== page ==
Maghi – Lohri is actually a combination of the Maghi Hindu festival that’s celebrated in Punjab and Himachal Pradesh, and the Lohri folk festival that’s celebrated in Northern India. Maghi begins on the first day of the month of Magh in the Hindu calendar, and it comes after Lohri.
The combination of these two events creates a festive atmosphere that’s highlighted with bonfires, eating sweet dishes such as kheer, and following these events, ritual bathing in ponds or rivers. In different cultures, this holiday festival is observed for different reasons. For some parts of Himachal Pradesh, this festival is dedicated to the worship of Agni Devta. In Sikhism, this is a time for people to commemorate the sacrifice of the forty Sikhs who fought for Guru Gobind Singh Ji.
The Significance Of Lohri In Northern India
Even though no one really knows the origins of this holiday, there are historical mentions of it during the 19th century by European visitors to India. Although these accounts tell us that the festival was celebrated even that far back in time, it doesn’t tell us where the holiday originated. To ascertain that fact, we have to look to Indian folklore.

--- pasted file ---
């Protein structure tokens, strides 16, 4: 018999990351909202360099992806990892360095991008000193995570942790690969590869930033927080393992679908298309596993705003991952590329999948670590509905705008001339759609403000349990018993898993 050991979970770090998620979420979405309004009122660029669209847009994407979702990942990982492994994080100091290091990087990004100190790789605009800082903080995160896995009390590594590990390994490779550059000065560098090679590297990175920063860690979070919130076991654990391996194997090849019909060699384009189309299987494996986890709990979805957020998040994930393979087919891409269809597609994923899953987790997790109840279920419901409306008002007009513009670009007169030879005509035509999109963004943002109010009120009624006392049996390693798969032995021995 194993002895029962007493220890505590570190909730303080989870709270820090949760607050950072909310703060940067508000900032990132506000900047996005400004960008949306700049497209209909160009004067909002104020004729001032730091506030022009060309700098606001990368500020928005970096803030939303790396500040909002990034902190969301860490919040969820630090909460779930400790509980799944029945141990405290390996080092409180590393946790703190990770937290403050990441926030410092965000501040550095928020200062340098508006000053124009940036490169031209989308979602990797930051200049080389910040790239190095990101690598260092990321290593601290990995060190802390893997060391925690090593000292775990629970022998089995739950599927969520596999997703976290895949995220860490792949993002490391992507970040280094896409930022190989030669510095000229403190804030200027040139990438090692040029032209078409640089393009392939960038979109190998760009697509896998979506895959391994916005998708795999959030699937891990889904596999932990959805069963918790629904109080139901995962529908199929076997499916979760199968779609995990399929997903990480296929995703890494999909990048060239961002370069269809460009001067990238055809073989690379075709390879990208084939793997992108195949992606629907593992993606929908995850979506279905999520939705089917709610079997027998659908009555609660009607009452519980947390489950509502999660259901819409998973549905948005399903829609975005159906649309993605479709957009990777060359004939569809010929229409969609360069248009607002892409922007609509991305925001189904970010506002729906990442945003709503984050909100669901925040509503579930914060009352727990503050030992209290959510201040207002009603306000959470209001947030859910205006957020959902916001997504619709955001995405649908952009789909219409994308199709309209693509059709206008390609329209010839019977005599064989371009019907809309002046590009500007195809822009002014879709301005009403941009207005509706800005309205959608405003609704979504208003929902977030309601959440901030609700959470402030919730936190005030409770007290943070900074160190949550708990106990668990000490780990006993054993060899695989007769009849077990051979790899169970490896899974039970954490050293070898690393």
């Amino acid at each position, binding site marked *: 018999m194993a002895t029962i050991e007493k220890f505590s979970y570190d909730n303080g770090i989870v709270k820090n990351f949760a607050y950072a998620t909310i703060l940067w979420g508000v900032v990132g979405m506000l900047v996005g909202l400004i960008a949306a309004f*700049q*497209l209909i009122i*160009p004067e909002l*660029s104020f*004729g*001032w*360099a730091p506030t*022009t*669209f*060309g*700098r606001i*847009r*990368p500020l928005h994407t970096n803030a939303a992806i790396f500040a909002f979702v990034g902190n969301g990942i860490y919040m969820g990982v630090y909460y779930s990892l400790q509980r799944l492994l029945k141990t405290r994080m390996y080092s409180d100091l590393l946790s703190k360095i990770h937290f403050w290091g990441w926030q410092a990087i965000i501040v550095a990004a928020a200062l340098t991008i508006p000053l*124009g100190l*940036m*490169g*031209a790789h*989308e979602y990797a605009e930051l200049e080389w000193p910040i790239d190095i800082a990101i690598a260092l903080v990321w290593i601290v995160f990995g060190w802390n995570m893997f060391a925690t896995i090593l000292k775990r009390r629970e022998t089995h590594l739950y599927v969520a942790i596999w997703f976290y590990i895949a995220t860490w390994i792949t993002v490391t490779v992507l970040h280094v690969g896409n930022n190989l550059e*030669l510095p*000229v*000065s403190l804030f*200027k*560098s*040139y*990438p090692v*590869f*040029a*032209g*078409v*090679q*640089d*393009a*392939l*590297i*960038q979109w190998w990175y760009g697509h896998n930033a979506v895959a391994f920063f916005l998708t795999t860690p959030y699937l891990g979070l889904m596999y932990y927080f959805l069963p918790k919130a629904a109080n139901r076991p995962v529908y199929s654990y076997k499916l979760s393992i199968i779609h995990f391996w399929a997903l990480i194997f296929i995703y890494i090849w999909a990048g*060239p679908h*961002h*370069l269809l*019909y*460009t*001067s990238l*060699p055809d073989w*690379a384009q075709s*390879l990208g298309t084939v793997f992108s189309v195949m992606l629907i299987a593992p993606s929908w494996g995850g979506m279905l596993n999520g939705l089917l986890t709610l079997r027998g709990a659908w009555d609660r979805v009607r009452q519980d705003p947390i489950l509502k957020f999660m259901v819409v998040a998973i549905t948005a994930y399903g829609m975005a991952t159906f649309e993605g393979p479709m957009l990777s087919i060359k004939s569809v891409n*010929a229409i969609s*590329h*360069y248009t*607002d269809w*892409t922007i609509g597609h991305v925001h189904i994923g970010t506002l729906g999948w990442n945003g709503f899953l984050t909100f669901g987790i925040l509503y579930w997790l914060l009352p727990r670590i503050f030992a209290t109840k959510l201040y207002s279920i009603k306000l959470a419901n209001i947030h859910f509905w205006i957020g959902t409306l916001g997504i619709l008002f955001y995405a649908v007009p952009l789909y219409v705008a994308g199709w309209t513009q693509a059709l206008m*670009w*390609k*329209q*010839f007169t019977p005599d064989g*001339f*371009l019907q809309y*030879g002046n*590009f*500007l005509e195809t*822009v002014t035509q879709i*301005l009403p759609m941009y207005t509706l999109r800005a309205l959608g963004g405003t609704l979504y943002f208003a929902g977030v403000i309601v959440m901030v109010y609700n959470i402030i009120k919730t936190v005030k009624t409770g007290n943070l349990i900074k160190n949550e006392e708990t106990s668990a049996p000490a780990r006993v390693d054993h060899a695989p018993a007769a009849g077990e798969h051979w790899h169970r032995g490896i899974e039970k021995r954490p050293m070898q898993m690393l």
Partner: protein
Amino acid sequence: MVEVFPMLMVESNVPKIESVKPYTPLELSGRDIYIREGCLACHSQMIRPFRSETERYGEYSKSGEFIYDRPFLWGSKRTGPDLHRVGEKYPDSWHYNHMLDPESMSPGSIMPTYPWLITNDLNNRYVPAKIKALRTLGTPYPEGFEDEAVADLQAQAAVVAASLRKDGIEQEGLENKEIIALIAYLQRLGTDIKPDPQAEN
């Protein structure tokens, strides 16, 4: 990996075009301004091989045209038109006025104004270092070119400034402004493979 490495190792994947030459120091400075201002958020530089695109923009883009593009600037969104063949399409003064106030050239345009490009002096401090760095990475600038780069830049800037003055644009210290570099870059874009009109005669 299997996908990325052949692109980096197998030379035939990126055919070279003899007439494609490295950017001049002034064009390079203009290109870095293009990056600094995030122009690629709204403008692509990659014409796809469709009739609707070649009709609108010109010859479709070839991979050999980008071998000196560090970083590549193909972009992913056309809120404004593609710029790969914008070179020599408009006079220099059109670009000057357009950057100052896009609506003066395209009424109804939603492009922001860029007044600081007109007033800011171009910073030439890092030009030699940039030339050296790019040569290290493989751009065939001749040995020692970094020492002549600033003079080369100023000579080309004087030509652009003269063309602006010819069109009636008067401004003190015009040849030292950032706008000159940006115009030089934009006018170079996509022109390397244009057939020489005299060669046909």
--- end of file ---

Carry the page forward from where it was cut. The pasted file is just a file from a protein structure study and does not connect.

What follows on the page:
According to folklore, Lohri was celebrated at the end of the traditional month when the winter solstice happens. It’s a way to celebrate the days getting longer and commemorates the passage of the winter solstice. Because it’s linked to the Vikrami calendar, it’s observed the day before the festival of Mahi is celebrated.
Observing Maghi – Lohri
Lohri is celebrated with a wide variety of different events, the first being the lighting of bonfires. All across India — particularly in the Punjab region — bonfires are lit in fields and backyards. This is followed by gatherings where people enjoy holiday foods, dance, and collect gifts. It’s also a time when people wear bright clothing, sing celebratory songs, and perform special holiday rituals.
The lighting of bonfires is a tradition that goes back to ancient times. It started as a way for ancient peoples to try to have an effect on the seasons by reigniting the longer days of spring. After the bonfire, food is the next thing that holds the next most importance during these celebrations. Gurh and gachak are two foods made with sugarcane that are extremely popular, as are the nuts that were harvested during January. Other popular foods enjoyed include radishes, mustard greens, jaggery, sesame seeds, and puffed rice.
Maghi is celebrated by eating dishes such as Rauh di Kheer, which is a dish where rice is prepared and cooked in sugarcane juice. The dish is prepared on Lohri and then kept cool. It’s served cold on the morning of Maghi and served with red-chili curd. It’s also customary for Hindus to take baths in the Ganges, or if that’s not feasible, then in ponds, canals, rivers, or streams. And finally, many people spend the day cleaning their homes in preparation for spring, very much like spring cleaning in the west.